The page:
While city, state and federal officials have provided millions of people with the COVID-19 vaccines, large gaps remain for some key demographics.

About 88% of New Yorkers over the age of 55 are fully vaccinated. But the oldest New Yorkers are still behind: just 64% of those over age 85 are fully inoculated. Black and white New Yorkers also remain undervaccinated.

According to the latest city data, half of school-age children and 82% of teens are fully vaccinated. Younger children became eligible for the Pfizer-BioNTech and Moderna COVID vaccines in mid-June, but just 7% have gotten at least one shot.

New York City experienced a high amount of natural exposure during its first and second waves of the coronavirus. This natural immunity combined with defenses provided by the vaccine rollout to drive down cases, hospitalizations and deaths. Natural and vaccine-based immunity is expected to last for months, if not years.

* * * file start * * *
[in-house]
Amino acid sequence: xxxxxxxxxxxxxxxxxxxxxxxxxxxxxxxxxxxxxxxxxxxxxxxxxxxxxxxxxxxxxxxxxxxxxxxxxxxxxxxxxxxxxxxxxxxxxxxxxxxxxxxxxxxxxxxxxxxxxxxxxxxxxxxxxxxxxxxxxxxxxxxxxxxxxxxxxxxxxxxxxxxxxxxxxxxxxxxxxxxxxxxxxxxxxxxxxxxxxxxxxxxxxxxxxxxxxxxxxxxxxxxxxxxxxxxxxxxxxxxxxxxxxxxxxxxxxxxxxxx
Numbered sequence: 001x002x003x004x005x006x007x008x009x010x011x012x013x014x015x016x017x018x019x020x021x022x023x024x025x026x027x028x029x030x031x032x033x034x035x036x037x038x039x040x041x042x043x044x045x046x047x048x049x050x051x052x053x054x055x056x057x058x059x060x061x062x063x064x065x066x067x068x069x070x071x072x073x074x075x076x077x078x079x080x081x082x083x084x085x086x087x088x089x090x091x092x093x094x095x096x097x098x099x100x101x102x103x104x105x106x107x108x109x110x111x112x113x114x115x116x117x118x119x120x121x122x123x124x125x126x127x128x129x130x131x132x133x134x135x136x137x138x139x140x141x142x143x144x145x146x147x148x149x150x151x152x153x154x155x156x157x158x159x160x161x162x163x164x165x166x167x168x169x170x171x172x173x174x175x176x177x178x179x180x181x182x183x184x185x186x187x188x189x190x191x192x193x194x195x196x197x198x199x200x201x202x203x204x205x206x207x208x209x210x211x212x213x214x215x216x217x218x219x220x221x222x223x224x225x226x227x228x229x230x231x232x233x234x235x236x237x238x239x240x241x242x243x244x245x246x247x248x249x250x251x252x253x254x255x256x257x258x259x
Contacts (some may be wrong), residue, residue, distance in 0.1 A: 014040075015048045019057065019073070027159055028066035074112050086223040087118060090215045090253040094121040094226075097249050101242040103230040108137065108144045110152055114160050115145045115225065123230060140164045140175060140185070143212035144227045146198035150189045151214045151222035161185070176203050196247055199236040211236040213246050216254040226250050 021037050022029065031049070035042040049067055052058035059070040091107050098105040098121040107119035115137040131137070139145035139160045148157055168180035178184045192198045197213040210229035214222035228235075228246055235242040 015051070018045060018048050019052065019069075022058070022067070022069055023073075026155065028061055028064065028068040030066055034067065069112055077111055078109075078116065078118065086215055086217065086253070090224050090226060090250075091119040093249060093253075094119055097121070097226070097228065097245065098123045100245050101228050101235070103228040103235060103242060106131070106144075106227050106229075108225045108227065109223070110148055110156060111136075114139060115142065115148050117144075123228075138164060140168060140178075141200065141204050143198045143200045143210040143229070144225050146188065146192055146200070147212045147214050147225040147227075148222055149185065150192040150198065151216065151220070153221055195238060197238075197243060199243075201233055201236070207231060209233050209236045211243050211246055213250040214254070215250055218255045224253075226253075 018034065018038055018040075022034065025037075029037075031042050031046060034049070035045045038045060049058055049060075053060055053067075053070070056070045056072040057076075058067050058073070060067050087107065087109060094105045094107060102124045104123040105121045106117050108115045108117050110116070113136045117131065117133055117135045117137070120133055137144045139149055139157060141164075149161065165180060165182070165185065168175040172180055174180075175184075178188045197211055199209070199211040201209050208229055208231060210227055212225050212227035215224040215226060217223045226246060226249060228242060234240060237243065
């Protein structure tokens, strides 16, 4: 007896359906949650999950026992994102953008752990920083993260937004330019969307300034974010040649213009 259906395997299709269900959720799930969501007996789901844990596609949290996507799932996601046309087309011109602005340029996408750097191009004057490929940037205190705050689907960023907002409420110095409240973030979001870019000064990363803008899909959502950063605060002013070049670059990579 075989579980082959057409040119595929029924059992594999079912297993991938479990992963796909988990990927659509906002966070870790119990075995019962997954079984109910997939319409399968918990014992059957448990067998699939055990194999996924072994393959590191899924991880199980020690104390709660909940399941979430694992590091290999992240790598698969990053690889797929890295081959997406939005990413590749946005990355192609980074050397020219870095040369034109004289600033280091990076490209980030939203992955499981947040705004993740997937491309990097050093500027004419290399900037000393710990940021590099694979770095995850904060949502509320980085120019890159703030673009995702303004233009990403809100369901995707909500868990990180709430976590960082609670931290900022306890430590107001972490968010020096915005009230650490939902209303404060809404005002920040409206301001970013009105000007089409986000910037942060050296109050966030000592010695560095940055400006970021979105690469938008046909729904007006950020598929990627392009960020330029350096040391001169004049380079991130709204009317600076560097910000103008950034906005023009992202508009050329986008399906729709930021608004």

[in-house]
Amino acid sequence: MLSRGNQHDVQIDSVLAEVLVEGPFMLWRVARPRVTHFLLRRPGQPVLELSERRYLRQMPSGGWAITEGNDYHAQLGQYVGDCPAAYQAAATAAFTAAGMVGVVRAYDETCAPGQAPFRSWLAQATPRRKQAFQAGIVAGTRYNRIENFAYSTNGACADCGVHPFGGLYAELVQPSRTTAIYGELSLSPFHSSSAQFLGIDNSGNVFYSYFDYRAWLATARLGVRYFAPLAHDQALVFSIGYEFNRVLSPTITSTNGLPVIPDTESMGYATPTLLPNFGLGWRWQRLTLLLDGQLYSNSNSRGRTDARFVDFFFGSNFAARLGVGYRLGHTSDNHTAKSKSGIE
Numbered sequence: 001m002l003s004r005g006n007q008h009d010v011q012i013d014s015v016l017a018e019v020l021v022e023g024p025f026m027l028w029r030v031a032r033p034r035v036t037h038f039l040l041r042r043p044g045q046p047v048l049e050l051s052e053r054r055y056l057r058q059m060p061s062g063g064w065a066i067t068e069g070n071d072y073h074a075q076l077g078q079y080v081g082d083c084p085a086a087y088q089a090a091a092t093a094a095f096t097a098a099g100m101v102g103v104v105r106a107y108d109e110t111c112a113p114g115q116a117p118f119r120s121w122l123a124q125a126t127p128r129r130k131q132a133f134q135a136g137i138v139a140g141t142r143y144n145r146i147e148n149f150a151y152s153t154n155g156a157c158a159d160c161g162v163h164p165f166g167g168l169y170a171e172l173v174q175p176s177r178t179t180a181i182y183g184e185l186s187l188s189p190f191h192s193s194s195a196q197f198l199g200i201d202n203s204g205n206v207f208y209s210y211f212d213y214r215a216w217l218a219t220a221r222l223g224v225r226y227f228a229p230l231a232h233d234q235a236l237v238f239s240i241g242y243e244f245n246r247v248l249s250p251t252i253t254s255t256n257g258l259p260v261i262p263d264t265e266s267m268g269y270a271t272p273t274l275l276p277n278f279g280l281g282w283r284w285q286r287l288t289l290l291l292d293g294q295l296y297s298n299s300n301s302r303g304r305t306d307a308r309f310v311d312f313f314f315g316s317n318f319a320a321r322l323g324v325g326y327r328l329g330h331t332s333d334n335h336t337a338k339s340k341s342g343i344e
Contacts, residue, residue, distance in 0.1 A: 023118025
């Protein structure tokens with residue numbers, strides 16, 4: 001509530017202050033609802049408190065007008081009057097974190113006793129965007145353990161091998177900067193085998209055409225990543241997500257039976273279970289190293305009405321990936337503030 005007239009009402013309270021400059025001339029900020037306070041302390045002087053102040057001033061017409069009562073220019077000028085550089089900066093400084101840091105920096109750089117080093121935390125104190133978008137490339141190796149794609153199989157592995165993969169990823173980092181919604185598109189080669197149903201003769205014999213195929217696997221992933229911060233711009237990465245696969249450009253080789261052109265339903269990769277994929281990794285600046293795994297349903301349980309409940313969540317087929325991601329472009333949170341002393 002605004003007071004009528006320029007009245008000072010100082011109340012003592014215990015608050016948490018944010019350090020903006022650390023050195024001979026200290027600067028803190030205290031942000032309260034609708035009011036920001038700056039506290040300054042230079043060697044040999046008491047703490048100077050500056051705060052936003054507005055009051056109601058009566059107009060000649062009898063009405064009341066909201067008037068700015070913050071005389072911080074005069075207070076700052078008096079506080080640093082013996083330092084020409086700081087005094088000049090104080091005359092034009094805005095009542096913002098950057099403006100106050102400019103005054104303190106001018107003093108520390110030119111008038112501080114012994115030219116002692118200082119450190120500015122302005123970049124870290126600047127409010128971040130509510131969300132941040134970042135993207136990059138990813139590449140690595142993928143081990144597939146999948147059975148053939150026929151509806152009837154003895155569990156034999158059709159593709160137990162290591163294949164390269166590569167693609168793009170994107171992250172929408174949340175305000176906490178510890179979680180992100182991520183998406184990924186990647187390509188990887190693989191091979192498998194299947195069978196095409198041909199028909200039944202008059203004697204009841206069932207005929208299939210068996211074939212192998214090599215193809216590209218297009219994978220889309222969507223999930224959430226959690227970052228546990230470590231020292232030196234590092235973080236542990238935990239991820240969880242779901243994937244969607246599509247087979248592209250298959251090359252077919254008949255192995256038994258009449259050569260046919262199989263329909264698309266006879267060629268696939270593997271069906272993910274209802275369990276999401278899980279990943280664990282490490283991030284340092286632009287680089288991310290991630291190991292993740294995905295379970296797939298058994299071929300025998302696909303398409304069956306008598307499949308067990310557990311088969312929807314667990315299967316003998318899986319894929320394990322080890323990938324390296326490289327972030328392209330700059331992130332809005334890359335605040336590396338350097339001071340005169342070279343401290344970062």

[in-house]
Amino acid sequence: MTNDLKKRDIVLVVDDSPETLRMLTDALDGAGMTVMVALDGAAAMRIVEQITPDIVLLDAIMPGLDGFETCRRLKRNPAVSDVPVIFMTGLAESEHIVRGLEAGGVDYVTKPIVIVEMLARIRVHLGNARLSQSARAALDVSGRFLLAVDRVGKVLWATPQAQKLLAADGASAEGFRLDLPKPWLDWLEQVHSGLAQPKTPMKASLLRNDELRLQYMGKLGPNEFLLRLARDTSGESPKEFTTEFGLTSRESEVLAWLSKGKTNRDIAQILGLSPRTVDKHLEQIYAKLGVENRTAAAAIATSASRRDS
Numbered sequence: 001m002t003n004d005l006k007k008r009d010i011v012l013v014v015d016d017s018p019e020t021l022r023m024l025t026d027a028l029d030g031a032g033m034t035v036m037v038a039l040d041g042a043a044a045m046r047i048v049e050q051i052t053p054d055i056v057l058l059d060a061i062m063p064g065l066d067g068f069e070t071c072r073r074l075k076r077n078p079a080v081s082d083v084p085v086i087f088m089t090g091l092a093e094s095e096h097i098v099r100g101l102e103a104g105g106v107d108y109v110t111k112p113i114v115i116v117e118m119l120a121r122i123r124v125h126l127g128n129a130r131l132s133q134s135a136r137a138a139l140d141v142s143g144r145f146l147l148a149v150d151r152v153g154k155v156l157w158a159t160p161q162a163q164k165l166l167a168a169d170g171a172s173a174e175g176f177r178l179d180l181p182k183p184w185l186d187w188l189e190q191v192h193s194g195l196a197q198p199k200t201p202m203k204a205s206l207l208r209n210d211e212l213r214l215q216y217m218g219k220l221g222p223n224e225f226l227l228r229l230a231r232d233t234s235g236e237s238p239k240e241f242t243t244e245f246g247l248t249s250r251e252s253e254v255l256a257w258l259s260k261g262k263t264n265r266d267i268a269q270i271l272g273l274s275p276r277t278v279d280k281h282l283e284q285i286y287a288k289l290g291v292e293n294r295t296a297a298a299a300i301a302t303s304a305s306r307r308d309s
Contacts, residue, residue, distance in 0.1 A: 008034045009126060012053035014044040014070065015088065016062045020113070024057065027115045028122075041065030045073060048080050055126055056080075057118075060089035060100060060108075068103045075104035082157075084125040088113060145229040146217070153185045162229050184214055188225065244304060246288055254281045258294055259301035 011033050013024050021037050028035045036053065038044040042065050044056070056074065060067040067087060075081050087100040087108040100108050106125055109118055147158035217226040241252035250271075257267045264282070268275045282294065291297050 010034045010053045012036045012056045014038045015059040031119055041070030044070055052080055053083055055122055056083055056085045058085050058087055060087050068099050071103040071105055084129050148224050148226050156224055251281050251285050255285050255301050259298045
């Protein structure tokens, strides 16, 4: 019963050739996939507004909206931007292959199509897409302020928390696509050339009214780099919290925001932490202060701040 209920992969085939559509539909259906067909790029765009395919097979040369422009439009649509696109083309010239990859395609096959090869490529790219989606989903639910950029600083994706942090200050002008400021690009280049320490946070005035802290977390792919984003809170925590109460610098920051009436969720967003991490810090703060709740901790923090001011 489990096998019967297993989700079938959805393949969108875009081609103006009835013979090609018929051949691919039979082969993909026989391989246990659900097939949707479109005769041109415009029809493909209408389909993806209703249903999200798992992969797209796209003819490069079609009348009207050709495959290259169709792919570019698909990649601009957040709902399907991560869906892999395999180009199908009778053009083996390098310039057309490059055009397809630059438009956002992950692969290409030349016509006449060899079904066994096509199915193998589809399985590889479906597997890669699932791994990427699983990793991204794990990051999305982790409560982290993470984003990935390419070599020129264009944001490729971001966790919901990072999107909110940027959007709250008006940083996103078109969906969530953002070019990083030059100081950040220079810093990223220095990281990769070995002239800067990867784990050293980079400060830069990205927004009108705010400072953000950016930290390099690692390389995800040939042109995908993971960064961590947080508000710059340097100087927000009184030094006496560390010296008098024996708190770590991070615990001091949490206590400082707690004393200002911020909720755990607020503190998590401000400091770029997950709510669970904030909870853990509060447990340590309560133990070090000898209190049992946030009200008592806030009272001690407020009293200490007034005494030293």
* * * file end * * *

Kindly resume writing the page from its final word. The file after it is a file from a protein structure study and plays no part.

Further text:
New variants are more likely to evade the natural immunity seen among past recoveries, while vaccine-based shields are more likely to stay intact. Data released by the city health department shows that fully vaccinated New Yorkers have drastically lower case, hospitalization and death rates than unvaccinated residents.

Variants

Viruses mutate, much like any microorganism or creature with a genome. Coronavirus variants will pose a perpetual threat to unvaccinated people until infection rates are driven to zero.